Don’t Want Mold Gremlins? Make Sure Your Bathroom Ventilation Sucks.

Raise your hand if you like moldy fog? Unless you’re the Toxic Avenger you didn’t raise your hand. I want to make sure you understand the importance of why your bathroom ventilation needs to suck. Let me explain what I’m talking about.

What Bathroom Ventilation Is and What It Does

Bathroom exhaust fans are designed to remove odors and moisture from the bathroom to the outdoors. The ventilation ducts usually terminate at the roof but some exit in a side wall of the home. The important thing to remember is that your ventilation ducts should terminate to the outdoors.

Here’s why this is important: moisture can build up in a bathroom when you start a hot shower or bath. If the moisture isn’t removed properly it can lead to mold and fungi growth. That’s bad. Very bad.

The ingredients that mold and fungi need to throw a mold spore party:

  1. oxygen
  2. temperatures between 45 – 85 degrees
  3. a food source such as wood or paper (found in sheet rock)
  4. moisture

Believe me, this is the kind of party you DON’T want to be a part of. This party isn’t a good time. It actually creates a very bad time. Remember that 80’s movie “Gremlins?” You get a mogwai wet then they reproduce into a lot more mogwais. You feed a mogwai after midnight then they turn into menacing, blood thirtsy gremlins. To ensure you don’t spawn your own mold gremlins make sure your bathroom ventilation works properly.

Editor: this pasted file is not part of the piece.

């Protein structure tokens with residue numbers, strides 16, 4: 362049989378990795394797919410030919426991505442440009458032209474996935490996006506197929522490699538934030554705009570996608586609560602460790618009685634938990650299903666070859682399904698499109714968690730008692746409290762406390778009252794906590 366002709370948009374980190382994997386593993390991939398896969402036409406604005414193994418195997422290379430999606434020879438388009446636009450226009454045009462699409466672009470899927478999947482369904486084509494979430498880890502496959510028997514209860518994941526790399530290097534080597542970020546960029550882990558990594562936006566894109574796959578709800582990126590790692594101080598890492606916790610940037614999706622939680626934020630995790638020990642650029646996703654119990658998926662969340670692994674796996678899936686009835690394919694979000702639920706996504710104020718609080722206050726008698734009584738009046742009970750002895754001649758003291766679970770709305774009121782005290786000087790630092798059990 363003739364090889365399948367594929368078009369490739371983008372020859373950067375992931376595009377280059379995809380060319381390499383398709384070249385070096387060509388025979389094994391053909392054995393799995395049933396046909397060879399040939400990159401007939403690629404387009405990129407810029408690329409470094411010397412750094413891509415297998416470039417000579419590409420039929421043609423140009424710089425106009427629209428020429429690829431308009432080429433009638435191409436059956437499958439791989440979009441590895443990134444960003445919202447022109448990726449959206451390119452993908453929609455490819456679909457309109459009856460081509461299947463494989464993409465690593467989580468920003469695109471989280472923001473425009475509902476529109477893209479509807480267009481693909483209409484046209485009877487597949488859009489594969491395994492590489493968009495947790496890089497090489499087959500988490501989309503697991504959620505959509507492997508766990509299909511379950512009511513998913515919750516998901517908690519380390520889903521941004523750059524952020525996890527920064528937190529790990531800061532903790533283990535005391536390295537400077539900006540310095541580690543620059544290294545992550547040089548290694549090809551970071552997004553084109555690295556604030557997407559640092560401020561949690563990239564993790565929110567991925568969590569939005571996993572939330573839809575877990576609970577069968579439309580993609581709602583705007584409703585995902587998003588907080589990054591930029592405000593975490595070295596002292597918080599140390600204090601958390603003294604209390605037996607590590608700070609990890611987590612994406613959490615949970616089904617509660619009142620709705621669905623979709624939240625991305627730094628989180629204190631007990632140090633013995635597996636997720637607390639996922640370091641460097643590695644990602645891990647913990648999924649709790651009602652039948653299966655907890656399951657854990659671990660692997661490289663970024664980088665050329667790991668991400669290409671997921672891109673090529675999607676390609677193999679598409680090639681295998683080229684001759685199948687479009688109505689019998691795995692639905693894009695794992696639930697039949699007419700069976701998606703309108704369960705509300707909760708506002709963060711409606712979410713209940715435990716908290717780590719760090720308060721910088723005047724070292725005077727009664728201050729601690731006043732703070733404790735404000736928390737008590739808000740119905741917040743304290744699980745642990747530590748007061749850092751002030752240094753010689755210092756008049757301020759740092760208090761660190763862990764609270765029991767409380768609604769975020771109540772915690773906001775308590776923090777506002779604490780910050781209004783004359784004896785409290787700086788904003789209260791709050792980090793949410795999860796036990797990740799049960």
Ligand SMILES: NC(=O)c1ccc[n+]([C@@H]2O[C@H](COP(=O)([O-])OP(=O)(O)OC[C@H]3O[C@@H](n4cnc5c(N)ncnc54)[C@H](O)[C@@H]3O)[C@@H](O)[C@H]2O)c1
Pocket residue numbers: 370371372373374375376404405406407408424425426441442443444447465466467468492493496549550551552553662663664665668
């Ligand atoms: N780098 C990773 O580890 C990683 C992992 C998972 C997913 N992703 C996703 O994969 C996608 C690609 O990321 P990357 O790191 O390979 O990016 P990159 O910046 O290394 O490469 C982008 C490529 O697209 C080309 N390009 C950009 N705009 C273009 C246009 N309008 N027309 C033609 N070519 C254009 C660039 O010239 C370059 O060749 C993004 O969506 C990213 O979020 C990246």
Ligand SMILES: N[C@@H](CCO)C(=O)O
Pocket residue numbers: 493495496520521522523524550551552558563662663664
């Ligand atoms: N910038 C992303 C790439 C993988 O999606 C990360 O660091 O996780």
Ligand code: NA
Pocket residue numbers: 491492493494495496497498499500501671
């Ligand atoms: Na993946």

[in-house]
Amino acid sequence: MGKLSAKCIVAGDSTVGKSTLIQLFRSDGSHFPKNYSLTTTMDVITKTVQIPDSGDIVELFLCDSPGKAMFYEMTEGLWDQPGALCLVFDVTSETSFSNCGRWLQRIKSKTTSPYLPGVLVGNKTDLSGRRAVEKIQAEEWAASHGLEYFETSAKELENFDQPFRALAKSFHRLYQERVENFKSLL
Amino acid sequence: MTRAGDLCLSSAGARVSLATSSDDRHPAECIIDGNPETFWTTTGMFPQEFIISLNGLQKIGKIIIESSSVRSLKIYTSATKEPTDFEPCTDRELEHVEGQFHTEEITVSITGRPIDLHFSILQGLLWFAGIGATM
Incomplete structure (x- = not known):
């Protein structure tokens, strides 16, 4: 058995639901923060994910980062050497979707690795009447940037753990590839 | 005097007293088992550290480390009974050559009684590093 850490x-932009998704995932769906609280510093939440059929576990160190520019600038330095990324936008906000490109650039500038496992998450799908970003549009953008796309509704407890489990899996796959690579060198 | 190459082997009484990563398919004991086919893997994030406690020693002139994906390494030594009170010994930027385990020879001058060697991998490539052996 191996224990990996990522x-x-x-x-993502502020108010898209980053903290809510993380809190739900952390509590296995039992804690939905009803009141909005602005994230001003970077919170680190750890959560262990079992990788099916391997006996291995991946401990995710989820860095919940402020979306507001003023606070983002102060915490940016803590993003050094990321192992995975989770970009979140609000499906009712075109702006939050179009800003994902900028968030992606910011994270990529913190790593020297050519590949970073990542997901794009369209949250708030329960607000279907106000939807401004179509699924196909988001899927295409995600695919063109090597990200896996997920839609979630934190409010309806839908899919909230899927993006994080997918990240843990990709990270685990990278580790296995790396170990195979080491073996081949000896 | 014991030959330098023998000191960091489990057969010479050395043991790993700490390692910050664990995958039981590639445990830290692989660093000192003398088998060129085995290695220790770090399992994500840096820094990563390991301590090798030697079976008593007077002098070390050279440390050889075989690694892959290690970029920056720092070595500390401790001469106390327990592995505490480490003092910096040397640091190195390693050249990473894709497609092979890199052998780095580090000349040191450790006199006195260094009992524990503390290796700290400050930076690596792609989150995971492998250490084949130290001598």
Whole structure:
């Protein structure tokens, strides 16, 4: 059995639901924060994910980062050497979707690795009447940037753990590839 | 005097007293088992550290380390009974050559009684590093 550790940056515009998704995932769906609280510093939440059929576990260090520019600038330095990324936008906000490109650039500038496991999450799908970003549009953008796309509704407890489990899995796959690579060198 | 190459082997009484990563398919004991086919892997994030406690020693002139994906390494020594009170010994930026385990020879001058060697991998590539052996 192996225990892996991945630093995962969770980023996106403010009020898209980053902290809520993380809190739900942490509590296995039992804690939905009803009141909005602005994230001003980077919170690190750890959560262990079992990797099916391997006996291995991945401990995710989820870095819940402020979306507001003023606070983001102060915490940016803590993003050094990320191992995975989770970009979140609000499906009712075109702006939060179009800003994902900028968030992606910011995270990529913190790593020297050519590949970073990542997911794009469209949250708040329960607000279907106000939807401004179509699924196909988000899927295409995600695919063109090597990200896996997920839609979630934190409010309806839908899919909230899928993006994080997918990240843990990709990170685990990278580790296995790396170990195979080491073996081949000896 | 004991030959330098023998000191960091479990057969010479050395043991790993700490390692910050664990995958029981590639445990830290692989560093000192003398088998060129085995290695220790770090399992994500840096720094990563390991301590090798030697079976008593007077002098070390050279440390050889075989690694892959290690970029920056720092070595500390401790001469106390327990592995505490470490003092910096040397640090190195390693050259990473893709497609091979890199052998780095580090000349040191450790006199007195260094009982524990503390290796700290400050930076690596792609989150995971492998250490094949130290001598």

During inspections, I have found attic exhaust terminating in attics and crawl spaces. Sometimes this was done intentionally because the ducts ended in these areas and unintentionally because the ducts had exterior exits but were broken or cut.

This allowed the air to exit in the crawl space or attic.

Bathroom duct exiting into attic.

Bathroom duct exiting into attic.


It’s also important that the ducts terminate outside. Also, you’ll need to make sure the ducts have a damper door that prevents pests and unconditioned air from entering the duct when the fan is off. The damper door should open when the fan is on and close when it’s off.

How can you tell if your fan’s exhaust is working properly…it Sucks

Right now you’re saying, “That’s a bad thing, right?” Let me explain. Just because you may hear the motor doesn’t necessarily mean that it’s removing air from your bathroom. Here’s how to tell if your bathroom ventilation is working properly. Hold a piece of tissue paper near the fan fixture and see if it sucks the paper up to the fixture. If it sucks, then your fan is pulling air out. If it blows it away, then your duct may be clogged or there could be a problem with your damper door. If the fan fixture and small fans are clogged with dust this prevents air from being sucked out efficiently, and should be cleaned.

Getting moisture out of the bathroom is important and to the end it’s important to keep the fan running after you have finished your bath or shower. Some fans can be installed with a timer that will automatically shut off after an allotted time period.

I leave you with this, a bathroom ventilation fan should be connected to a duct capable of removing moisture vapor and odors to the outdoors. To ensure you do not spawn your own mold gremlins in your bathroom make sure your bathroom ventilation sucks (that’s a good thing). Mold or fungal growth within the bathroom or attic is an indication of improper ventilation that must be corrected in order to avoid structural decay of the home and respiratory health issues.